Visual landscape assessment is a key element in landscape planning, management and monitoring, and serves as an important basis for landscape policy. The identifying character of rural and urban environments is, to a large extent, built upon visual perception. Visual landscape attributes like spaciousness and related indicators, such as degree of openness, building density and the nature of spatial boundaries, are important elements in landscape perception and preference.
This book is about the combination of landscape research and planning, visual perception and Geographic Information Science. It showcases possible ways of getting a grip on themes like: landscape openness, cluttering of the rural landscape, high-rise buildings in relation to cityscape, historical landscapes and motorway panoramas. It offers clues for visual landscape assessment of spaces in cities, parks and rural areas. In that respect, it extends the long tradition in the Netherlands on physiognomic landscape research and shows the state of the art at this moment.
The book offers important clues for theory, methodology and application in research and development of landscapes all over the world, from a specifi cally Dutch academic context. It provides a wide range of insights into the psychological background of landscape perception, the technical considerations of geomatics and methodology in landscape architecture, urban planning and design. There are also some experiences worthwhile considering, which demonstrate how this research can be applied in the practice of landscape policy making.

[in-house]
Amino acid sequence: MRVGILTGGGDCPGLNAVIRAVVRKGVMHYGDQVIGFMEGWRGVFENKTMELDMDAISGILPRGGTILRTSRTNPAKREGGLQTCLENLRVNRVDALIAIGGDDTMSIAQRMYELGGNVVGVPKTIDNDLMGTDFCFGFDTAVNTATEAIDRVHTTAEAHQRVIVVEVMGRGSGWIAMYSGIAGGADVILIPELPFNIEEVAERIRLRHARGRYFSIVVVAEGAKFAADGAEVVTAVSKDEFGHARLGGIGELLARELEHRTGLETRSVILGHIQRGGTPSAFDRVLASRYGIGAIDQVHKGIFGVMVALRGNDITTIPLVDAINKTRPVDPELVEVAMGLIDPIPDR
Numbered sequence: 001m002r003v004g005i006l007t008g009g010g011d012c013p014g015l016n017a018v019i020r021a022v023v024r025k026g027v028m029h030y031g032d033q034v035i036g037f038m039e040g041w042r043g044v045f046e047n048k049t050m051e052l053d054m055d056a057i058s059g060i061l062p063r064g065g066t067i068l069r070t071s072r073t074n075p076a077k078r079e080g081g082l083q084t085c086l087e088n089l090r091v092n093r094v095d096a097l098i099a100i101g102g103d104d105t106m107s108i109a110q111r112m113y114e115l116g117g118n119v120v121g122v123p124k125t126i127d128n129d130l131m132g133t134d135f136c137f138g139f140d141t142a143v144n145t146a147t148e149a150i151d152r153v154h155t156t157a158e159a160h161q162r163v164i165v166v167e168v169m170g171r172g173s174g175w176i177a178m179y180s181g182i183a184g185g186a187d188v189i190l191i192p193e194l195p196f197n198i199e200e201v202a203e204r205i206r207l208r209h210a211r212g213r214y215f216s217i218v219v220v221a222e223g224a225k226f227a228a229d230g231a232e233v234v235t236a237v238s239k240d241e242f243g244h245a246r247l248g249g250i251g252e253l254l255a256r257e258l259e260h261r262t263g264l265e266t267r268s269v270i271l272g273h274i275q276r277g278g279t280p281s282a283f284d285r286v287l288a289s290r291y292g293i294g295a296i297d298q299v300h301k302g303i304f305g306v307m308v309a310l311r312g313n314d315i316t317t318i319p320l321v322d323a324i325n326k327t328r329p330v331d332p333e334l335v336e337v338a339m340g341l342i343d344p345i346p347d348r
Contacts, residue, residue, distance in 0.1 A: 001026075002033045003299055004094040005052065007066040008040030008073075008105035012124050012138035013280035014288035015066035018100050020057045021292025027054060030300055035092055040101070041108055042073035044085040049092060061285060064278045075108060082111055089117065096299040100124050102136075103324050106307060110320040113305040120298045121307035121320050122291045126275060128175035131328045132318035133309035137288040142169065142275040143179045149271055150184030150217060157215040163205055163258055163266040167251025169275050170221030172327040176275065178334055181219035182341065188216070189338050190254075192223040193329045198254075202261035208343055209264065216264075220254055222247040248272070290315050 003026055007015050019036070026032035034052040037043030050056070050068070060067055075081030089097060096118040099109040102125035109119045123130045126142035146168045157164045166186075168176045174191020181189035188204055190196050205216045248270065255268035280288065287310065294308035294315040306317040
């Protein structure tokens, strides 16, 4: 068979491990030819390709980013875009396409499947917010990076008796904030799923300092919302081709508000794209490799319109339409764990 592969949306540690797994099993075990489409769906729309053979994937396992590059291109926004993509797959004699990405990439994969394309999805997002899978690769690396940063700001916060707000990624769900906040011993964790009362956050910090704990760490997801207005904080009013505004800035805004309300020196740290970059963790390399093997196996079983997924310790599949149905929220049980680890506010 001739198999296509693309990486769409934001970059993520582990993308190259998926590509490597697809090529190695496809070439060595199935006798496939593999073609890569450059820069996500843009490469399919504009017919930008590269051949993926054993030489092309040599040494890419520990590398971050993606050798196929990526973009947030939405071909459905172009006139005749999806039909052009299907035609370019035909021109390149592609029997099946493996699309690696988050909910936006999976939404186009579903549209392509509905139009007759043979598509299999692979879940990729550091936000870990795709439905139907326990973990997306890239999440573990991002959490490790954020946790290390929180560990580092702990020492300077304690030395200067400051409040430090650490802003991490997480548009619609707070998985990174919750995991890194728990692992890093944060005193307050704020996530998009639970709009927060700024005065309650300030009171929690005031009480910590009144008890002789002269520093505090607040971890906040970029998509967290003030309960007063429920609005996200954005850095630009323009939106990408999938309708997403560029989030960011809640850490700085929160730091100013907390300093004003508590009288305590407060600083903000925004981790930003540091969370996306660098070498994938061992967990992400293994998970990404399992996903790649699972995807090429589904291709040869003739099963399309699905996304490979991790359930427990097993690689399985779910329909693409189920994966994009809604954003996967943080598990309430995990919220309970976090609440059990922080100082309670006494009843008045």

An effort like this is only possible with the help and cooperation of many people. Firstly, we would like to acknowledge the esteemed members of the scientifi c committee: Marc Antrop, Michael Batty, Christina von Haaren, James Palmer and Mari Sundli Tveit for their critical, constructive comments on the manuscripts and the structure of the book.
Furthermore, we would like to acknowledge the Department of Urbanism, the Chair of Landscape Architecture and the Library of Delft University of Technology, and the Environmental Sciences Group of Wageningen University for their generous fi nancial support. We would especially like to thank Amber Leeuwenburg, Anke Versteeg, Stephen Sheppard and Inge Bobbink for making this possible. We would also like to thank Mark Eligh of IOS Press for his patience and cooperation. And fi nally, Joost van Grinsven and Sara King for their efforts making it a well-designed and accessible book.